THE FIRST IDEA; How Symbols, Language & Intelligence Evolved from our Primate Ancestors to Modern Humans, by Stanley I. Greenspan. M.D. & Stuart G. Shanker, D.Phil


Improving Child-Rearing: Great Ideas – But No Policy!

Review by Steve Minett, PhD
This (as they say in literary circles) is a book of two halves: the first half promotes the thesis that what makes us human is not pre- programmed information embedded in our genes, but the quality of the attachment relationship between caregiver and infant. Where this is good enough, it enables us to avoid what they call ‘catastrophic’ emotions, which would lead to immediate action, often of a violent nature. This gap between emotional reaction and action, this period of affect regulation, is (the authors claim) the origin of symbols. Symbols are generated by ‘prolonged chains of emotional signalling’ (not necessarily linguistic) between caregiver and infant. The invention of symbols enabled human language and many forms of human intelligence to develop.
To continue the literary theme, I found myself frequently punching the air in agreement with this thesis, which has the potency to crack the hegemony of the vulgar forms of genetic determinism, so often found these days in the mass media. This jubilation was, admittedly, tempered by the authors’ (to me, curious) lack of reference to a number of scientific developments which (in my view) would strongly support their thesis: in the 450+ pages of their text, I could find no reference to; a) Epigenetics, b) affect researchers, such as Jaak Panksepp and c) developmental psychologists, such as Daniel Siegel. A possible explanation for this could be the authors’ commitment to cultural-religious conservatism, as in this quote: “At their personal core, children will require a very strong grounding in their immediate cultural and/or religious values. This core will need to be strong enough to sustain and support cultural and/or religious values …” (p.454)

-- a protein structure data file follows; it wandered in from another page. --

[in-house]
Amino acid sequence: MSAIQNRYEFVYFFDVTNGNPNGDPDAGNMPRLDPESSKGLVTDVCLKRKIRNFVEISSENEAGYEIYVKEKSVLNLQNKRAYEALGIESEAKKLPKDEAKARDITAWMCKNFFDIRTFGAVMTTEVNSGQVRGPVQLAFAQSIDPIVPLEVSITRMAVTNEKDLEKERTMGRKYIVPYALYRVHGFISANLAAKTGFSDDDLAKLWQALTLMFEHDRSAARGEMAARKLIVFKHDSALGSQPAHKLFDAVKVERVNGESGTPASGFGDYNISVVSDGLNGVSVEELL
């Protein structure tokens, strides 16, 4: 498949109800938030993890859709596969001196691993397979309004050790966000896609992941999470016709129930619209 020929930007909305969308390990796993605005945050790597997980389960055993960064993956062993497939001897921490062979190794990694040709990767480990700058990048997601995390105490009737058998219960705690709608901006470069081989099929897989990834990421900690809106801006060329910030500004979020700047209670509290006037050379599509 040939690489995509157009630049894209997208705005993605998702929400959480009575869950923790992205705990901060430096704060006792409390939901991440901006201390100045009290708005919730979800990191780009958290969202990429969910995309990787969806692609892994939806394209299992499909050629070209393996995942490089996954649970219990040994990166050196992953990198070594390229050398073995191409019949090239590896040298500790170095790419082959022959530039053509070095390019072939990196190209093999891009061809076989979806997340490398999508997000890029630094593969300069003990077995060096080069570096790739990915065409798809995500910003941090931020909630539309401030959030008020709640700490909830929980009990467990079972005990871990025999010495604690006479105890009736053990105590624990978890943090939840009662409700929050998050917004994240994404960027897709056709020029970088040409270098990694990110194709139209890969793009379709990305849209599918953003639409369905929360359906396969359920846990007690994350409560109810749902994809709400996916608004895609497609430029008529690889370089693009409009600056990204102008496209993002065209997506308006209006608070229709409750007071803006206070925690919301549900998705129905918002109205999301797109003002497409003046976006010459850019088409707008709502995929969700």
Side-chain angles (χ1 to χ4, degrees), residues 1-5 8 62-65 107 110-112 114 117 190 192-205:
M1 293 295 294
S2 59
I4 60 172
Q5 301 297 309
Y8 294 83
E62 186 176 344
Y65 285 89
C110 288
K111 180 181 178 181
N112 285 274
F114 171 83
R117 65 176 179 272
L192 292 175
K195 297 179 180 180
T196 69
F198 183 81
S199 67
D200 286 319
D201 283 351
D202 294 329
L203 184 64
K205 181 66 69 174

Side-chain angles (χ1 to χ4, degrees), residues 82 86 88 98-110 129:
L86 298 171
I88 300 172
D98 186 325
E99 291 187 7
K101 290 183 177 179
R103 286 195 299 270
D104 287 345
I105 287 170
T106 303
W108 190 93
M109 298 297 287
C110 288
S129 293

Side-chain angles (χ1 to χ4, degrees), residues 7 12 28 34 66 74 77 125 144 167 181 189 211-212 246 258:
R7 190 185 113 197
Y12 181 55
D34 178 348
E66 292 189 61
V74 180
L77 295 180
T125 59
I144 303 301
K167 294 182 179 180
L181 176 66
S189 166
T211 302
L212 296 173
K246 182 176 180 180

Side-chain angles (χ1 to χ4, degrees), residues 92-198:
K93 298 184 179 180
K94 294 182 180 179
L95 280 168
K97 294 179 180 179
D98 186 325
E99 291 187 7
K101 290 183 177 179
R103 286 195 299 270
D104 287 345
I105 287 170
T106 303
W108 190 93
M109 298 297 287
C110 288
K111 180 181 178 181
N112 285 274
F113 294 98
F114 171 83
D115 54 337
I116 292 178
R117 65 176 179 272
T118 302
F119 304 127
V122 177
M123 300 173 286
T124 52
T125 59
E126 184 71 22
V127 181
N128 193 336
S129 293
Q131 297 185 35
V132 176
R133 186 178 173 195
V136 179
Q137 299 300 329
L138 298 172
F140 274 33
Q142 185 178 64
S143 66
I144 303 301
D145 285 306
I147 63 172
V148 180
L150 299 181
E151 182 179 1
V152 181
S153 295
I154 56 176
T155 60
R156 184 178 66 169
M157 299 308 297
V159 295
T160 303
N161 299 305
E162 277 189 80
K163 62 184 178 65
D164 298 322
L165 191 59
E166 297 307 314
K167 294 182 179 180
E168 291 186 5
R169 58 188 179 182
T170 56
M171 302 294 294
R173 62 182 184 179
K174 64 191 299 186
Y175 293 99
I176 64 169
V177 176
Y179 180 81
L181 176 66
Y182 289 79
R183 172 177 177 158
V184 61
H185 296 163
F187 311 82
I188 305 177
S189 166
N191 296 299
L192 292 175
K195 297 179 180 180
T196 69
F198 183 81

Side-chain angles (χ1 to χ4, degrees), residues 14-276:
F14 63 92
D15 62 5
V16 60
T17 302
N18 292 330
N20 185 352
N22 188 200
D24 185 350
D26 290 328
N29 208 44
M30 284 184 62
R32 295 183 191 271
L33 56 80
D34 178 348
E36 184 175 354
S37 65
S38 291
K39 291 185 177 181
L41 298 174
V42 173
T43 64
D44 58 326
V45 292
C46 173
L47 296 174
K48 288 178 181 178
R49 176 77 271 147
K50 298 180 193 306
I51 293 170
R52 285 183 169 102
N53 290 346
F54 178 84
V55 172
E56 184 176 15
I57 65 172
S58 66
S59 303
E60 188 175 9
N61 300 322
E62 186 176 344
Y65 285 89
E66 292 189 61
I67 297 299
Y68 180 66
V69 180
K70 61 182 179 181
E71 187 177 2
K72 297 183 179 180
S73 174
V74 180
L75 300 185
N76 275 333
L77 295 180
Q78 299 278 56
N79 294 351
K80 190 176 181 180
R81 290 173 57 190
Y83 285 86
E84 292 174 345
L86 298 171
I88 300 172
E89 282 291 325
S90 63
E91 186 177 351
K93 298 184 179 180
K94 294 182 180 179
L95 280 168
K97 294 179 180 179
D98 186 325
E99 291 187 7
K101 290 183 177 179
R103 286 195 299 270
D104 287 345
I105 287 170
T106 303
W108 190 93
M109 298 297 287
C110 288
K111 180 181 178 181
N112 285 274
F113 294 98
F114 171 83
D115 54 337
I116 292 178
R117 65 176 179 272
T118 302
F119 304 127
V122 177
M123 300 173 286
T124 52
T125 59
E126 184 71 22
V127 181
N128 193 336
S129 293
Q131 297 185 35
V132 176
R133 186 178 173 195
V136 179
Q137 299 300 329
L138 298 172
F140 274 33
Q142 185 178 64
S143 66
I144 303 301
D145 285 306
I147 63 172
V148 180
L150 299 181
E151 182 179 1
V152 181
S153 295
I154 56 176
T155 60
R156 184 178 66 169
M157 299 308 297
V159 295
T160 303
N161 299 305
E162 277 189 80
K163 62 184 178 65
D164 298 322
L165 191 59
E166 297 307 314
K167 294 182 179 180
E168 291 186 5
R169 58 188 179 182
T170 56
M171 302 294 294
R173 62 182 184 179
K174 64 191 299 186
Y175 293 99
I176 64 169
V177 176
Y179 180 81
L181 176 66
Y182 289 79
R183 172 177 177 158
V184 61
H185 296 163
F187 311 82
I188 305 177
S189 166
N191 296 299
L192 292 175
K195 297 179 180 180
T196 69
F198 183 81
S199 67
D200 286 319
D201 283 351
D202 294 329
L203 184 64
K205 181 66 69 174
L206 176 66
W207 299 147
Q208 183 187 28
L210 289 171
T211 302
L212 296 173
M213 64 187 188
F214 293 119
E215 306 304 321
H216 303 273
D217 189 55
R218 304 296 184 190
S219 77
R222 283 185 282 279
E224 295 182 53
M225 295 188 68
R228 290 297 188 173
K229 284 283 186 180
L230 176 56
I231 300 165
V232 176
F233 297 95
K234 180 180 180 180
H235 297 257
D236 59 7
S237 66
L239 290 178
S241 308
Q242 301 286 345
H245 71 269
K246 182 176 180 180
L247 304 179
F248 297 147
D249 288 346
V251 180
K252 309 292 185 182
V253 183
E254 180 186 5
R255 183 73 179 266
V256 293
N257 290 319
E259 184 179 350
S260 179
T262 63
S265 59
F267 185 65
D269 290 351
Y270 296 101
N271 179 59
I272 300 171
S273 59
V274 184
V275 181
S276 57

The disappointing second ‘half’ of the book consists of the authors’ efforts at so-called ‘policy’ recommendations. Towards the end of the book they simply list a variety of highly desirable circumstances in regard to child-rearing; children and families should not be subject to stress, parents should have the time and space to engaged in ‘prolonged chains of emotional signalling’ with their children, relations between caregiver and infant should be nurtured and protected by the wider society, etc … You don’t have to be a radical social critic to recognised that these ideal goals are very rarely, if ever achieved in modern Western societies. What is profoundly disappointing is that the authors appear to believe that the act of listing desirable outcomes contributes in some way to their achievement. It’s the equivalent of a deeply indebted person announcing that from now on they’re going to earn £300,000 a year – but having no idea where this income is going to come from.

2009, Da Capo Press, ISBN: 0738206806

Key Words; Child-Rearing, Psychology, Evolution, Epigenetics, Consciousness, Panksepp, Siegel,

About Dr Steve Minett PhD; Teacher of Consciousness Theories, Author of books such as Gazing at the Stars, a visionary novel about a transformative social innovation in family life and child rearing.